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The Psychology Of The Job Interview

Date Posted: 02.05.2017

 

Here’s what respondents had to say about winning recruiters over, putting on your game face and the power of body language.

The hands have it

Your hands can make a positive or negative impression. There’s nothing worse than a cold handshake when you greet an interviewer, according to Susan Bearry. “Dry, warm hands inspire confidence. Cold, clammy hands are a big unconscious turn-off,” she wrote. “When you get there early, go to the bathroom and warm your hands, either under hot water or under a hand dryer…Psychological studies have shown that even holding a warm cup of coffee makes someone feel more positive about the person he or she is talking to.”

Once the interview begins, keep hand gestures to a minimum so as not to detract from the discussion. “Keep your hands in sleep mode,” wrote Sharad Dhumane. “If you use them, let it be a slow, small movement.”

Resist the temptation to cross your arms, Melinda Edwards wrote: “This gives off the vibe that you're closing in on yourself and not willing to understand.”

Mirror, mirror

Zambelli Sylar Federico recommends mirroring your interviewer’s body movements to gain their trust. It’s a technique, he said, good salesmen often employ to close deals. “By mirroring their movements, tone, gestures, breathing pace and so on, you're basically communicating: ‘Hey, we’re playing the same tune here. We're akin. You can trust me,’” he wrote.

But, you have to be subtle, Federico noted. “They scratch their nose with left hand, you touch your face with right hand. They cross their legs, you cross legs the opposite way. And so forth,” he explained.  “After you feel confident with body language you might want to move on with [mirroring] tone [of voice]: as you may be well aware, some people speak at a very fast and intermittent pace, others are very slow, others have instead a rhythm.”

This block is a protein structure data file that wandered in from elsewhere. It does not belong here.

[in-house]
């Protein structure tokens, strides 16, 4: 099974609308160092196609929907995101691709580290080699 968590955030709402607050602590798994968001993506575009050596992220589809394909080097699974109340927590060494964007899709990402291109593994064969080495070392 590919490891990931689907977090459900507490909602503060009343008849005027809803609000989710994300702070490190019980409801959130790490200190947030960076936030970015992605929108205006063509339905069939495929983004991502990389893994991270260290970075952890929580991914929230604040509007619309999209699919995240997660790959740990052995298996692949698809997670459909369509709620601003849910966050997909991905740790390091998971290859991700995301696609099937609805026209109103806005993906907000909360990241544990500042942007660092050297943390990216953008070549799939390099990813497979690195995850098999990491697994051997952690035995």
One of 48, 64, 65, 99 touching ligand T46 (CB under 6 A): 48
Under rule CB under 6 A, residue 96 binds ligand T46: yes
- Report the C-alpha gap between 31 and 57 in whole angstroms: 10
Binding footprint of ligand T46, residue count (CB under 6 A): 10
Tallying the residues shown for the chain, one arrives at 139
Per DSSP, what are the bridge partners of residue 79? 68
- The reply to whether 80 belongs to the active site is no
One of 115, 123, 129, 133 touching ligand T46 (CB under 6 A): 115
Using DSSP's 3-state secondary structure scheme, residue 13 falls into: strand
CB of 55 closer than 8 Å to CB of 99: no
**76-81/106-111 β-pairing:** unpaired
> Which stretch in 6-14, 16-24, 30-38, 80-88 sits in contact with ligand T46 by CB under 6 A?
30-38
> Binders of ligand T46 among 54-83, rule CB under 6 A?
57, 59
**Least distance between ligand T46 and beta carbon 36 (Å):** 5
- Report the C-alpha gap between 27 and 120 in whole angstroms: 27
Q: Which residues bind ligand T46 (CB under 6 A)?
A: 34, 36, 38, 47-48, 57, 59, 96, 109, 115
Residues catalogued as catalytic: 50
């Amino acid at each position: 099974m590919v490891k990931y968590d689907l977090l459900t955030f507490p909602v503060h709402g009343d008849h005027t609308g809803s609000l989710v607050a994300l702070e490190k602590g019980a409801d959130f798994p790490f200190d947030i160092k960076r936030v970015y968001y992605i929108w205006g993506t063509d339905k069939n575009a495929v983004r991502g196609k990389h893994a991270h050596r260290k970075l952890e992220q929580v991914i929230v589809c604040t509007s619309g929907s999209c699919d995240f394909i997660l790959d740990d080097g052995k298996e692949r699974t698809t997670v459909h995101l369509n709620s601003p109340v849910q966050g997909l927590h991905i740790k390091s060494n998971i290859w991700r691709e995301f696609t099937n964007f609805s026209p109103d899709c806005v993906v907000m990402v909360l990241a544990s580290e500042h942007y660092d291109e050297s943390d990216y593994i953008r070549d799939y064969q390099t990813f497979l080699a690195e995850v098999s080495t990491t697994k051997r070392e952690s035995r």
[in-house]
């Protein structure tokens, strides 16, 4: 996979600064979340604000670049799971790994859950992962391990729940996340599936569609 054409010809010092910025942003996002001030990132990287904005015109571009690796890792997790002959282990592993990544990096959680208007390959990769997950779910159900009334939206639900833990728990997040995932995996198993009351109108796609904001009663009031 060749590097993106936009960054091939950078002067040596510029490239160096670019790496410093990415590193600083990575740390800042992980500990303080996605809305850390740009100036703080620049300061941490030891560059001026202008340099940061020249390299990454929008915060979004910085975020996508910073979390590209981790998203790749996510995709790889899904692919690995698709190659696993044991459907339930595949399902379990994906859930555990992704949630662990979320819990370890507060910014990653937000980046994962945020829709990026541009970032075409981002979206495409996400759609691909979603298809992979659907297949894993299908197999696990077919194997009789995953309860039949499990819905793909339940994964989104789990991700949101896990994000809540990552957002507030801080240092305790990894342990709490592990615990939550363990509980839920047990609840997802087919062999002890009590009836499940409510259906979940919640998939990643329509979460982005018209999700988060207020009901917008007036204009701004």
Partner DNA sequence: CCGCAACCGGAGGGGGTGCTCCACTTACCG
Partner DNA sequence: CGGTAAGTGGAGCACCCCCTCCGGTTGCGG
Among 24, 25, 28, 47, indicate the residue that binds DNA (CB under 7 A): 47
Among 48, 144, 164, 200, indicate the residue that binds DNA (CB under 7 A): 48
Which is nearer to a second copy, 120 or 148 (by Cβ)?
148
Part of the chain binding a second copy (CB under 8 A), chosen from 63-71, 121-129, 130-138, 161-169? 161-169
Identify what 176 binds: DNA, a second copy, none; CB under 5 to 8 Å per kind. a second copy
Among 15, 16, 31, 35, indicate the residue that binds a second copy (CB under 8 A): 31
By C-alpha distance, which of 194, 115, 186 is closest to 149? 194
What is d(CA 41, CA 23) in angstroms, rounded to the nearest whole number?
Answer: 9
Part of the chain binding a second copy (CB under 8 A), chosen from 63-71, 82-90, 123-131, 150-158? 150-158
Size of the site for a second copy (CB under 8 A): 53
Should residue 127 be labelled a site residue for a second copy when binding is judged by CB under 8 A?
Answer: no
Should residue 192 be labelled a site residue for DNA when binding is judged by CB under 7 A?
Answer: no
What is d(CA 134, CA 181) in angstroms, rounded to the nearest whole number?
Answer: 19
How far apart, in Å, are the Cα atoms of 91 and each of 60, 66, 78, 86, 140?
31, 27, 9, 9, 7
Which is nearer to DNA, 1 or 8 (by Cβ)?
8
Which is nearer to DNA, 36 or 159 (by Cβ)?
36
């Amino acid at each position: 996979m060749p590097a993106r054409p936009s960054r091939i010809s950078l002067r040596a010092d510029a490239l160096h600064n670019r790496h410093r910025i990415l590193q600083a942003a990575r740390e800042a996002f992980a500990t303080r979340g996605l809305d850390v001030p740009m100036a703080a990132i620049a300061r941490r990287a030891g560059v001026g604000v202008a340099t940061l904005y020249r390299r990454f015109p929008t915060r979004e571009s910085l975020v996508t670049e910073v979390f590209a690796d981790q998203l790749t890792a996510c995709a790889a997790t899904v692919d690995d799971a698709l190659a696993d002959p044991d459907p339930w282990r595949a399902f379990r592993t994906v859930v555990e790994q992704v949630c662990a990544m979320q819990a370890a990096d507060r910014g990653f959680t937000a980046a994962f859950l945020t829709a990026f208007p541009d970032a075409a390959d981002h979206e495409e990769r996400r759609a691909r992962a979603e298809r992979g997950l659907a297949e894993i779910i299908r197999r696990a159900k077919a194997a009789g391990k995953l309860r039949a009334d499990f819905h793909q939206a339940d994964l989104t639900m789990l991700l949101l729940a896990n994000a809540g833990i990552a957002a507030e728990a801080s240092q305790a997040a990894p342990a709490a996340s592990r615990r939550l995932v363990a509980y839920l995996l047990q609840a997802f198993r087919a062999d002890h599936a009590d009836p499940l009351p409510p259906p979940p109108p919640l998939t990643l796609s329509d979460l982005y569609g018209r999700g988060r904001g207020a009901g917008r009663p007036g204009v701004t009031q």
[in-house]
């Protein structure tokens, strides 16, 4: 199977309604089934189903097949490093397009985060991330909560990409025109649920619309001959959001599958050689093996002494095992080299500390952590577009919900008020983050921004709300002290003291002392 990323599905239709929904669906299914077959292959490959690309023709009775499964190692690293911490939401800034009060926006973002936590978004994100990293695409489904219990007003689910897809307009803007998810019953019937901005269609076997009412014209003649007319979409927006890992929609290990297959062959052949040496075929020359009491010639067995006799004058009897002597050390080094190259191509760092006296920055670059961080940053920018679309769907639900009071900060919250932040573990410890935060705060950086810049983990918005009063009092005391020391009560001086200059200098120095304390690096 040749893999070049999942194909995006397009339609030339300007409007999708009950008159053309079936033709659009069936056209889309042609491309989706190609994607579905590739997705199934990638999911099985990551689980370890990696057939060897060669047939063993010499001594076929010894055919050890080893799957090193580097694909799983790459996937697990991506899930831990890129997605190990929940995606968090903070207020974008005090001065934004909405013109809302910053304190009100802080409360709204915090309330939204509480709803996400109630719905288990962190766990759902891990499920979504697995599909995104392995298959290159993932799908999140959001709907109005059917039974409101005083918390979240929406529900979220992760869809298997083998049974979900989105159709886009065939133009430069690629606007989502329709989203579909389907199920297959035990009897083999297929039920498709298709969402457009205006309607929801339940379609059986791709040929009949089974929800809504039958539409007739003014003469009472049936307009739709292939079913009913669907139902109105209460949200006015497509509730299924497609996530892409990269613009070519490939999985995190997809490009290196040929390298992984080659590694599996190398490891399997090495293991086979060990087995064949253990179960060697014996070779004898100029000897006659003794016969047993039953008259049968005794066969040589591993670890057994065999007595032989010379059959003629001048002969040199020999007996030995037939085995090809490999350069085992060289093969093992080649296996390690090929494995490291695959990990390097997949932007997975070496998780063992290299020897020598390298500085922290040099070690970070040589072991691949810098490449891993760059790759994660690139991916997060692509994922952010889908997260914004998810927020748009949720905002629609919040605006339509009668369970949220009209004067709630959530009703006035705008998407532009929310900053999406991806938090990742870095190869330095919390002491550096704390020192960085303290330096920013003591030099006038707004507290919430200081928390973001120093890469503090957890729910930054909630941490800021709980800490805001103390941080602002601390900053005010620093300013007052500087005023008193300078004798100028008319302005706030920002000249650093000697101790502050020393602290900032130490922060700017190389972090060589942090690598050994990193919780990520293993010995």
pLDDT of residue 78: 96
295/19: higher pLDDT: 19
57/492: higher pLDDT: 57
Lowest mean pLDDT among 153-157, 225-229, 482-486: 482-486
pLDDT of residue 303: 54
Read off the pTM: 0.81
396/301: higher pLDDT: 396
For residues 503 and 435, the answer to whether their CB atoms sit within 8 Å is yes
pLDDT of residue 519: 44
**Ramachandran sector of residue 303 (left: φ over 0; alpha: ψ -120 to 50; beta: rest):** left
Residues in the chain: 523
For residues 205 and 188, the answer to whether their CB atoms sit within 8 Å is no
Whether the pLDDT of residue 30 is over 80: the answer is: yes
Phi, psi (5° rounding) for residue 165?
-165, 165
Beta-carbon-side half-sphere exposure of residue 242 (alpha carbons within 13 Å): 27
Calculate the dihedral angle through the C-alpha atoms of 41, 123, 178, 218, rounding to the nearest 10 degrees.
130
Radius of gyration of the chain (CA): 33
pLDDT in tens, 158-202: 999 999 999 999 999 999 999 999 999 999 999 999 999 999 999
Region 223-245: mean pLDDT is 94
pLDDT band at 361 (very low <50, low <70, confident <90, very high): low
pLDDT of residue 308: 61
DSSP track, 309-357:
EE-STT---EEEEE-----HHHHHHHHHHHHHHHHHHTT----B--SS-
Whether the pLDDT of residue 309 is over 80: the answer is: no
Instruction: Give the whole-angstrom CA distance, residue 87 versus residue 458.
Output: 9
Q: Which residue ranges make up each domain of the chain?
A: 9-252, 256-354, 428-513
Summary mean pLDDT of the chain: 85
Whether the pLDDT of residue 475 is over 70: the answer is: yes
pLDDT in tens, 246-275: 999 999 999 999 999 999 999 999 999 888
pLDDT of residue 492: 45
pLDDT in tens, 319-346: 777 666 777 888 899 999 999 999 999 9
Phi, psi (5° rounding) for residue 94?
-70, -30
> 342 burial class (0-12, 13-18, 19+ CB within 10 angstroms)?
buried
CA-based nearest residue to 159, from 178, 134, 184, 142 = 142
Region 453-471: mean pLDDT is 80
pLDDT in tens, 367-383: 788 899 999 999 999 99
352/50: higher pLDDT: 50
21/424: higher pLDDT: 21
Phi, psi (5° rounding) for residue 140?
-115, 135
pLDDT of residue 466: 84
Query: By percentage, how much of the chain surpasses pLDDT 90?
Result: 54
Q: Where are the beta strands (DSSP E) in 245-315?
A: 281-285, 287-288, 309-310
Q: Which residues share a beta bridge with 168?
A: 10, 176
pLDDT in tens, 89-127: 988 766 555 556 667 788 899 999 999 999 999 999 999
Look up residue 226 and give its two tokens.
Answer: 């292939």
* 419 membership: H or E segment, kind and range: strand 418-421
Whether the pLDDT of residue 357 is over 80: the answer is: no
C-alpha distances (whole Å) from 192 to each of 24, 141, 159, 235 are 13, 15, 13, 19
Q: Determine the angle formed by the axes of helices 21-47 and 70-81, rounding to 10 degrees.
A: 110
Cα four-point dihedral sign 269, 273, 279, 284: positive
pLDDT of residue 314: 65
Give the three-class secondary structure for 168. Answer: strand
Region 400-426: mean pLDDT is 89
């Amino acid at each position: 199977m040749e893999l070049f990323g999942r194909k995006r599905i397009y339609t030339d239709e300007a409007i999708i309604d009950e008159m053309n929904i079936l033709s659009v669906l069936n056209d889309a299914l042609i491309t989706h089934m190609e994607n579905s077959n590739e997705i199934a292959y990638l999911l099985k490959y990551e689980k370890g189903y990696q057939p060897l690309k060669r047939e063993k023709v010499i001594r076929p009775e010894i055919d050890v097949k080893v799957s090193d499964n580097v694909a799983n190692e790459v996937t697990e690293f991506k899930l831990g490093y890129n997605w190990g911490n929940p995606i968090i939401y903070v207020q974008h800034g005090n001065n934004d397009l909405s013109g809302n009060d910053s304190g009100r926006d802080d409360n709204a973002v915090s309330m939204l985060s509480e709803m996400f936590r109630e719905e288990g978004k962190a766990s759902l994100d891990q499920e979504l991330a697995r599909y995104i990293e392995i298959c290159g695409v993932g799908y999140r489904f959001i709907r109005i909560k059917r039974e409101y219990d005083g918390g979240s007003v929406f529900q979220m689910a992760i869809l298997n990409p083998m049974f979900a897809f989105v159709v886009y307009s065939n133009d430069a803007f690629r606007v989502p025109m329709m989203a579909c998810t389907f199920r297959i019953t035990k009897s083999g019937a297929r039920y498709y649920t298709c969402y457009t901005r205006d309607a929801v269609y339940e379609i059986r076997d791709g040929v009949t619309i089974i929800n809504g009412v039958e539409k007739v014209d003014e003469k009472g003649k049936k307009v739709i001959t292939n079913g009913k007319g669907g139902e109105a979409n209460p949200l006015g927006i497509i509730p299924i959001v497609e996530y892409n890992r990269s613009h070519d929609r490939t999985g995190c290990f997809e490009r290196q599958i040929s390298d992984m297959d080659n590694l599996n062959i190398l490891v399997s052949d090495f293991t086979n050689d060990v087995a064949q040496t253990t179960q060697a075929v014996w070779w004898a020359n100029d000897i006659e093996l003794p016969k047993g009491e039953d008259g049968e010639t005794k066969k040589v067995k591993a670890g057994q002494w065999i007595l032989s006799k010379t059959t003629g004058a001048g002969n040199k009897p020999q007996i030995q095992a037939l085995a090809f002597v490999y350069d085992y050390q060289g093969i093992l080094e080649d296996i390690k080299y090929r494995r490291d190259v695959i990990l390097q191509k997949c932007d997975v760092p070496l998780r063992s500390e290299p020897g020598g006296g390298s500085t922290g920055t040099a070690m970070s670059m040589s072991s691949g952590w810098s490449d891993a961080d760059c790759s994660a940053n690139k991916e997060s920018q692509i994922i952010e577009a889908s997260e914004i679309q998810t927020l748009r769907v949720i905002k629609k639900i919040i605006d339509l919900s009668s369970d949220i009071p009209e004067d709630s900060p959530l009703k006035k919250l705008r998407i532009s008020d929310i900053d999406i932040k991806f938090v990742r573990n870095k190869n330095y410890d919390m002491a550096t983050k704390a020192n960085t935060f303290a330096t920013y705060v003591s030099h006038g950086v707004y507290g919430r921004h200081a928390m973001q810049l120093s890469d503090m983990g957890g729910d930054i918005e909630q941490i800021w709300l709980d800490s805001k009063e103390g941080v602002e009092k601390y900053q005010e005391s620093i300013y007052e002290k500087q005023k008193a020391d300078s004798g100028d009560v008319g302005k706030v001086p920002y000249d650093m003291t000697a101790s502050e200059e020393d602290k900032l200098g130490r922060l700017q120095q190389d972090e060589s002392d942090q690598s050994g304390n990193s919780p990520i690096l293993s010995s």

Slowing things down

Time is of the essence but that doesn’t mean you need to rush the interview. “I once had a boss who was really into meditation and he told me later that he really liked that I breathed slowly and deeply in our interview because he knew I would keep cool under pressure and would have a calming influence on him,” wrote Bearry. “Short, rapid breaths or running out of air when talking is a clear sign of nervousness and it can make your interviewer edgy as well.”

When answering a question, don't feel compelled to answer immediately every time, “especially if you get a question that could trip you up,” wrote Tim Chi. “It is OK, and sometimes even preferable, to take some extra time to think over your response.”

This, he wrote, can help in two ways:

  1.  It takes off some of the pressure to memorise canned responses.
  2. It projects confidence:  When you take some time to answer, instead of rushing, it communicates to people that you know your own value.

One caveat: “Don't wait that long, or else you might just seem spacey and nervous,” Chi wrote.

Act confidently but don’t overdo it

How can you project confidence when you’re anxious?

Try not to let it show and never apologise for it.

 “Body language and nonverbal communication is a missing piece of what makes for a successful interview,” according to John Sannicandro, a psychotherapist. “Practice the way you sit, stand and walk to increase your confidence.”

Smile, maintain eye contact with the interviewer and try not to fidget, added Edwards. Fidgeting, she wrote, “makes the interviewer uncomfortable somehow, because they see how restless you are.” 

While a nervous candidate may not endear themselves to an employer, acting overly confident can also send the wrong message. “They don't want an arrogant jerk, unless you're already famous in your field; then they'll overlook it,” Carole Grimley wrote. “Just be polite, act the way everyone else does.”

 Listen carefully, talk when appropriate

It’s important to chime in and answer questions so an interviewer gets a sense whether you can do the job, but never interrupt your interviewer. “Sometimes interviewees are over eager to show that they ‘get it’ or that they are a quick study, but no one ever likes being interrupted,” Bearry wrote.

Also avoid long speeches. “Unless demanded by the situation, use your mouth sparingly,” Dhumane wrote. “Just be natural.”

Observe reactions

Facial expressions can be very telling, but it works both ways. While an interviewer is observing you, you should also be observing them, taking note of how he or she reacts to your responses.

The important part is to know if they are interested in what you have to say, according to Shino San. “If they seem disinterested, learn to stop speaking even if you have something amazing to share,” San said. “Be precise, and if they show interest in your topic, speak it loud and up. Let them know who you are and why the want you.”


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